Pork Can Play a Role in Heart-Healthy Living

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February is American Heart Month, and ironically it can be a challenging month to do heart-healthy activities and even maintain a heart-healthy diet.

Kara Behlke, Director of Nutrition and Dietetics with the National Pork Board says you are not alone if you are struggling to achieve your health goals. Her advice is to keep those goals realistic.

“You know, one way to do that is by eating protein with each of your meals. So, something like the pork tenderloin is one of my favorite cuts that you know, simple to prepare, it’s super tasty. So, you feel like you’re getting the nutrition you need and it’s really tasty and enjoyable, so I think setting realistic goals for yourself is one way to achieve success and maintain your goals throughout the year.”

During American Heart Month, Behlke reminds us pork is part of a heart healthy diet, and several cuts are certified by the American Heart Association as Heart Check Certified Food.

“Well, the Pork Checkoff has actually worked with the American Heart Association in the past, to certify select lean pork cuts with a heart check food certification program. And that’s the red heart check that many of us are familiar with. So, the boneless pork sirloin roast and the pork tenderloin are both American Heart Association heart check certified food products. That just makes it a little easier when you’re out shopping, you can make heart healthy food choices with confidence, you just look for the familiar red heart check with the white checkmark logo and American Heart Association name.”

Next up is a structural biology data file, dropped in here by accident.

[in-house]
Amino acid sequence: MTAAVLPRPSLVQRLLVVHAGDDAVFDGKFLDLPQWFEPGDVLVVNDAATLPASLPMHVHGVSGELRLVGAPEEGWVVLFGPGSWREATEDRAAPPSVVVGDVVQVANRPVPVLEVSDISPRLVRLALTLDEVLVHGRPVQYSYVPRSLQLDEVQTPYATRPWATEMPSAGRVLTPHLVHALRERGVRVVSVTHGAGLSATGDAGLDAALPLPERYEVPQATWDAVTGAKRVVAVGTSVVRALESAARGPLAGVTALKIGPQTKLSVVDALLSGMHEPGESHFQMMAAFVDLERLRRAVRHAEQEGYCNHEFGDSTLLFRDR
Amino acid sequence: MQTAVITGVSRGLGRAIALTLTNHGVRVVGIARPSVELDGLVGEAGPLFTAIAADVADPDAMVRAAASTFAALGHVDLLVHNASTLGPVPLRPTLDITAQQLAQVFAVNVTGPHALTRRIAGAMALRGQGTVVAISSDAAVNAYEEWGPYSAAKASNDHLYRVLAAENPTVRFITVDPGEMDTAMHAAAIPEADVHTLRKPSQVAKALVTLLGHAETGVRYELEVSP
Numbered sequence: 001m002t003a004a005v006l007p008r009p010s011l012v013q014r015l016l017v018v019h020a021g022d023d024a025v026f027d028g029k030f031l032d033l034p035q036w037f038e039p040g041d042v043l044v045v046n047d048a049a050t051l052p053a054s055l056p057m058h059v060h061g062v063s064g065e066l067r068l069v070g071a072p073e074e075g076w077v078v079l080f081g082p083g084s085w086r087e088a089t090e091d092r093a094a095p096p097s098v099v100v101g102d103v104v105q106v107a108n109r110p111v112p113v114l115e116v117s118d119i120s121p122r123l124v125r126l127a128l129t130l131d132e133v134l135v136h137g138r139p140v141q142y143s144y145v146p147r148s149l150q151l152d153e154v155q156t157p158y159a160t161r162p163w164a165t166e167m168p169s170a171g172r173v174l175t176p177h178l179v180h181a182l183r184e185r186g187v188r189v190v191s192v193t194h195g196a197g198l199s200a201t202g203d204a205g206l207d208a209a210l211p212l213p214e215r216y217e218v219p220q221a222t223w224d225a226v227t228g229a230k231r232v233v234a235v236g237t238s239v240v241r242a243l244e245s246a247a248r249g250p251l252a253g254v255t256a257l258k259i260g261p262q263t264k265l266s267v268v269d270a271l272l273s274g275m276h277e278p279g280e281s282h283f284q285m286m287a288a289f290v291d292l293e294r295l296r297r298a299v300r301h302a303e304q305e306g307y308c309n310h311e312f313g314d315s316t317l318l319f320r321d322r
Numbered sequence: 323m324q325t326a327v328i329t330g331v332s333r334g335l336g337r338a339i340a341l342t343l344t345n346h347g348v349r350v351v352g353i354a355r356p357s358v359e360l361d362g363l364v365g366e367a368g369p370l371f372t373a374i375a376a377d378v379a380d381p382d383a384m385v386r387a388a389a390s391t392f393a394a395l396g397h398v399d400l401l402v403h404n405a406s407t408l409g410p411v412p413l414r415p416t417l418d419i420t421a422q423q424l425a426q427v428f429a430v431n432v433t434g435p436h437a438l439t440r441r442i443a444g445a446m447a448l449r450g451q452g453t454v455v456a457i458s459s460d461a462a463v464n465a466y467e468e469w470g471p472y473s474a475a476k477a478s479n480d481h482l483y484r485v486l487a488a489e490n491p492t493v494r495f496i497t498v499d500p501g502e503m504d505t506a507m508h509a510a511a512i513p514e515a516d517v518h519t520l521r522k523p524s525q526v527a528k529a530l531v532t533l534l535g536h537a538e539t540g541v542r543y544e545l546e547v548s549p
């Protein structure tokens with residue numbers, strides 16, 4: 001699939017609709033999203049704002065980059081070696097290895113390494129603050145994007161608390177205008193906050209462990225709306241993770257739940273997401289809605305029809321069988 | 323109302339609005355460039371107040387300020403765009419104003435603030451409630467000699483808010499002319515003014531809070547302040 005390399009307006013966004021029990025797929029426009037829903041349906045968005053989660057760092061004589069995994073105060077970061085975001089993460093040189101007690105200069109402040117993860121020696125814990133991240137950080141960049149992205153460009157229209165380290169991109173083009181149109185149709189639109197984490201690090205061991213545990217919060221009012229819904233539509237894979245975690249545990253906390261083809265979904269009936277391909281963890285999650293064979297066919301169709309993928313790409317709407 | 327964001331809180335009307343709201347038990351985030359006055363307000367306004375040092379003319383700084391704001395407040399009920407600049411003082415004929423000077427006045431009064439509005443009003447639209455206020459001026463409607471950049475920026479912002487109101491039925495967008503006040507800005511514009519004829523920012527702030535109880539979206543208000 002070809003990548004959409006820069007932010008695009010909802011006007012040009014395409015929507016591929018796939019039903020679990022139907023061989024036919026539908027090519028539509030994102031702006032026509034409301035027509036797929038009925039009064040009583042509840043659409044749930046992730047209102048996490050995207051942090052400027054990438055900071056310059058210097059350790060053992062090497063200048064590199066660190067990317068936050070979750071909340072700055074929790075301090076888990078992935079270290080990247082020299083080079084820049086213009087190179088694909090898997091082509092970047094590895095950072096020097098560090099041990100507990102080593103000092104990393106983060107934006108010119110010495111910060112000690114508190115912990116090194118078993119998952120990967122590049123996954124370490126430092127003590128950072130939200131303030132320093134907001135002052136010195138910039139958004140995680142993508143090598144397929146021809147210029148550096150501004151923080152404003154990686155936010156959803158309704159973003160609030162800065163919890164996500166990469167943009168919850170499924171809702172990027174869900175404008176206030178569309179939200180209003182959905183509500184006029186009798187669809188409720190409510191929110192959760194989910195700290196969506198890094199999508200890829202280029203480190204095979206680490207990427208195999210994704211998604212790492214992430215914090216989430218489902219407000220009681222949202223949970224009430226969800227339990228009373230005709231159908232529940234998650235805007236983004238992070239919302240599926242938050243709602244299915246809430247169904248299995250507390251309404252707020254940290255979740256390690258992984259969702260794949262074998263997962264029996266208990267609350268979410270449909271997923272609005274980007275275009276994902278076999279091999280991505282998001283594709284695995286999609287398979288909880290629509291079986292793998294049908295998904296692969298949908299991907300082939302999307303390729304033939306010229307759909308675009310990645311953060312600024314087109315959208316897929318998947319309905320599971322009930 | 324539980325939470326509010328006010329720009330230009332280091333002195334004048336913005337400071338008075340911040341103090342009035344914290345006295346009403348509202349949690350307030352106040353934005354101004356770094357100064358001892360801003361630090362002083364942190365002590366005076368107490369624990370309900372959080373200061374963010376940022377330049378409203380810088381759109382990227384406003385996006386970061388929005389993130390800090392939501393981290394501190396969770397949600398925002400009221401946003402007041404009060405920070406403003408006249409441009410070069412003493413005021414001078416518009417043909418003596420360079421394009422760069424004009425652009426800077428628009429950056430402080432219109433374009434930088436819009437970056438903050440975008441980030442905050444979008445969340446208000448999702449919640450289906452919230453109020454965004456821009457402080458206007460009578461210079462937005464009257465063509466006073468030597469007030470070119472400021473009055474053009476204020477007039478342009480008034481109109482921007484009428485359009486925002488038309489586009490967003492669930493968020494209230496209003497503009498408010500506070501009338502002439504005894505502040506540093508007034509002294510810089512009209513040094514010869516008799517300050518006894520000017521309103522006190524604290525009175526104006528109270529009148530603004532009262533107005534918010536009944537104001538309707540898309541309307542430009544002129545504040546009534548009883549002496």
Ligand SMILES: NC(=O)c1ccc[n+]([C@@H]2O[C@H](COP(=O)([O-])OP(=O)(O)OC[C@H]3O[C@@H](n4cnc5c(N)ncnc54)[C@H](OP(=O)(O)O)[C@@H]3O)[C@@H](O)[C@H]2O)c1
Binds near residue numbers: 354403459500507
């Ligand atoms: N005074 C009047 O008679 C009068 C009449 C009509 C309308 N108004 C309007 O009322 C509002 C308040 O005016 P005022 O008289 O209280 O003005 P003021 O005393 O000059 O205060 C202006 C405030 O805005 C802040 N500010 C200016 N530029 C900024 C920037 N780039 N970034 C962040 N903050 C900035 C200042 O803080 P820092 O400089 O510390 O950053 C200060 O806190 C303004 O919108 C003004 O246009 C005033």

The nutrients in pork are important to your health, according to Behlke.

“Pork is, it’s naturally high on nutrients, low on calories, low in sodium, as well as it’s a good source of potassium. So, if you think about just a three-ounce serving of pork tenderloin, this has 49 milligrams of sodium 350 milligrams of potassium, so it does fit a heart healthy diet so customers don’t always realize that the lower sodium intake, coupled with higher potassium actually helps regulate blood pressure, which helps produce a healthy heart.”

Behlke credits pork producers for their work in raising leaner pigs, and she reminds us that a well-balanced diet includes foods from all groups.

“For a heart healthy diet, be sure you eat a variety of foods from all food groups. So, we know pork tenderloin and the poor loin roast provide ample amounts of protein, but be sure you’re getting in your fruits, veggies, your whole grains and low-fat dairy because together, you’re going to have a well-balanced diet that’s going to help you feel full and satisfied.”

More information about the nutritional value of pork is at www.pork.org.

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